June 2010, I received a call from Dave Trojan. He was going to be in town over the 4th of July weekend and wanted to go to the Glennie site. A quick call to Ken in Glennie and the trip was set. It just happened that I was working out of town, in the area of Glennie at the time in question.
We met and exchanged research and information with Roger Clouse and followed him a few miles north of town and down a Forest Service road. After several tense minutes of finding nothing, Roger confessed that he had not been to the site since 2003 and that things weren’t looking familiar, but knew we were in the general area. He then placed a call to his cousin Ken who appeared minutes later to help in the search. The two of them, along with the local historical society, had been trying for years to place a memorial at the spot. Ken confirmed that we were in the right general area but we still found nothing.
During this time I saw a hawk appear to dive bomb Roger and Ken who were a distance away from me. Soon after a Forest Service truck showed up and asked if we knew that there was a fledgling hawk under the wheels of my truck.  We probably saw his first flight! The Forest Service personnel explained there was a nest in the vicinity and they had been checking on the young hawk.  They moved it out from under the truck to the safety of the trees and said that he would eventually fly back up to the nest. While they did not know anything about our B-26 crash, they confirmed that we had the proper grid coordinates and were on their way. In the meantime, Roger and Ken apologized for not finding the crash but had to be on their way. Dave and I thanked them for the help and stayed on our own to continue the search. I soon noticed an area in the woods where the foliage was covered in white stuff, and happened to look up to see the hawk’s nest (you can imagine what the white stuff was!) and called to Dave. As he was coming over to check it out, he found our first piece of aluminum! Soon other pieces surfaced and we finally noticed the barely perceptible impact crater and mound….the hawk had led us to it! This was definitely a micro-site but one piece appeared to be from a control panel with a partial ID plate screwed on it. A quick scan with the metal detector proved we had the spot with many positive hits. We did not dig since we located the site. We placed the found pieces together under the hawk nest and placed a small flag as a memorial. Hopefully Roger and Ken will be successful in getting a more fitting memorial erected in the near future.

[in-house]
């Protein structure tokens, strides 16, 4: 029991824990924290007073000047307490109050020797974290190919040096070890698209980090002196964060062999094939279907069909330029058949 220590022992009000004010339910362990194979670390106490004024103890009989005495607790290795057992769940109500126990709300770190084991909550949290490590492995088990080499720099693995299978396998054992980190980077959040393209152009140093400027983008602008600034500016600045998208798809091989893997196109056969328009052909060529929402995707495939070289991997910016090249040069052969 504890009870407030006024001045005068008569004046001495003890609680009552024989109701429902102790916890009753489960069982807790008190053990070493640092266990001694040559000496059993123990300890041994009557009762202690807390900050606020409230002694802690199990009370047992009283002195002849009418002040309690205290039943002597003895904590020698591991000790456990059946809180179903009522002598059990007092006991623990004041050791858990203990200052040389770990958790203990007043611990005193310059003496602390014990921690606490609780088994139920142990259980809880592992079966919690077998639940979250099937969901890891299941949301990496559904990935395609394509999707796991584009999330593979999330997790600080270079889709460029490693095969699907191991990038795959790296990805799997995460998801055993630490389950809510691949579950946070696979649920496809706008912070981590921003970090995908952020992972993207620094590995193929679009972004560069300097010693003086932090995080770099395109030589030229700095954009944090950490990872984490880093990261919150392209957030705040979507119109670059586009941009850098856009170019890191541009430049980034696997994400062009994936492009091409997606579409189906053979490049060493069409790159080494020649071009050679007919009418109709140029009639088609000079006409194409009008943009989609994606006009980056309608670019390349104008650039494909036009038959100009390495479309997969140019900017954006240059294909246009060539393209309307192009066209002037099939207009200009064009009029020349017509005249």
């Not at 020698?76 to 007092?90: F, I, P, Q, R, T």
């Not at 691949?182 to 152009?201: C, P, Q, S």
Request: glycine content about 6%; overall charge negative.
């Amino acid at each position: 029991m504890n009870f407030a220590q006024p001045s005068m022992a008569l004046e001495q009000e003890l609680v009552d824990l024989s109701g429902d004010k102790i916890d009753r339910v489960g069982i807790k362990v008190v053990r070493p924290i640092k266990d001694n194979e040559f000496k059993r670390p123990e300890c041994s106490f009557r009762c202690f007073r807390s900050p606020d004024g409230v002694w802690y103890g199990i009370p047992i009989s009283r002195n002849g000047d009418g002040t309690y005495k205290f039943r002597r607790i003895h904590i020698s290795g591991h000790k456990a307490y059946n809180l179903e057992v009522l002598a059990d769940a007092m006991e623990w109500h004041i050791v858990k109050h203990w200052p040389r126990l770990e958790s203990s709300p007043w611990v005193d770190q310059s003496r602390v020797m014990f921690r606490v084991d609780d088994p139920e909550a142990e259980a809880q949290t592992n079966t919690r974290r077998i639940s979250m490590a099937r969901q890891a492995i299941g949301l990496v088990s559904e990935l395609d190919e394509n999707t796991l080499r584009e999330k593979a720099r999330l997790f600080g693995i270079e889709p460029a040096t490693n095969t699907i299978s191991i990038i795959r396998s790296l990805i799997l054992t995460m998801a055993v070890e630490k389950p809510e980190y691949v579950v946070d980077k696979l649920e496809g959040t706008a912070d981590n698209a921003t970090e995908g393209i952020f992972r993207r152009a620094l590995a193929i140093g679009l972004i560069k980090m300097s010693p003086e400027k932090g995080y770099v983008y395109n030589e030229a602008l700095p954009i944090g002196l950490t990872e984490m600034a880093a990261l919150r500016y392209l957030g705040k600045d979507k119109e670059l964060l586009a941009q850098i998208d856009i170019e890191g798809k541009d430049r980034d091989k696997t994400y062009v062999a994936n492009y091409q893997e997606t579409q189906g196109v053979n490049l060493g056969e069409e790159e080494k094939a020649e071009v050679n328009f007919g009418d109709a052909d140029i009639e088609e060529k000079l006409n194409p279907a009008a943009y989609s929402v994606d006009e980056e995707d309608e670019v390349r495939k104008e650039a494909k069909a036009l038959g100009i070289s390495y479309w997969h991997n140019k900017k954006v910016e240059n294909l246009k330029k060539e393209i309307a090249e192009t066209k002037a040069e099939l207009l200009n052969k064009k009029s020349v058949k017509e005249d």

Crash site, today:


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B-26 Marauder

The B-26 was a fast, medium bomber built by Martin Aviation. It had better overall performance than its contemporary, the B-25 Mitchell.  However, the Marauder's small wing area and high wing loading, the highest of any allied bomber of the time, meant higher approach, touchdown and stall speeds.
The Marauder's high performance and revolutionary features made it a hard plane to fly, especially for new pilots.
The resulting high crash rate inevitably spawned a number of cynical nicknames such as "Widowmaker", "Martin Murderer", "The Flying Coffin."
Consequently, a variety of design changes were implemented and the resulting B-26B had an additional 6 feet  of wingspan and other changes. These modifications reduced landing and stall speeds and ultimately yielded the lowest attrition rate of any combat aircraft of WWII.


B-26C Specifications:

  • Two Pratt & Whitney R-2800-43 Double Wasp radials of 2,000 hp each (takeoff power) 
  • Performance: Maximum speed: 282 mph at 15,000 ft., Cruising speed: 214 mph, Range: 1,150 miles with 3,000 lbs. bomb load; 2,850 miles (maximum)
    Service ceiling: 21,700 ft.
  • Weight: 38,200 lbs. (maximum)
  • Dimensions: Wingspan: 71 ft. 0 in., Length: 58 ft. 3 in. (56 ft. 1 in. on B-26C-10 and later due to tail turret change), Height: 21 ft. 6 in.
  • Crew: Seven
  • Armament: Eight .50-cal. machine guns (12 .50-cal. after package guns were added early in the production run) plus 5,200 lbs. of bombs (maximum overload)
  • TB-26 variants were trainer aircraft and stripped of armor and armaments and equipped with a C-5 towing windlass to tow targets for aerial gunnery practice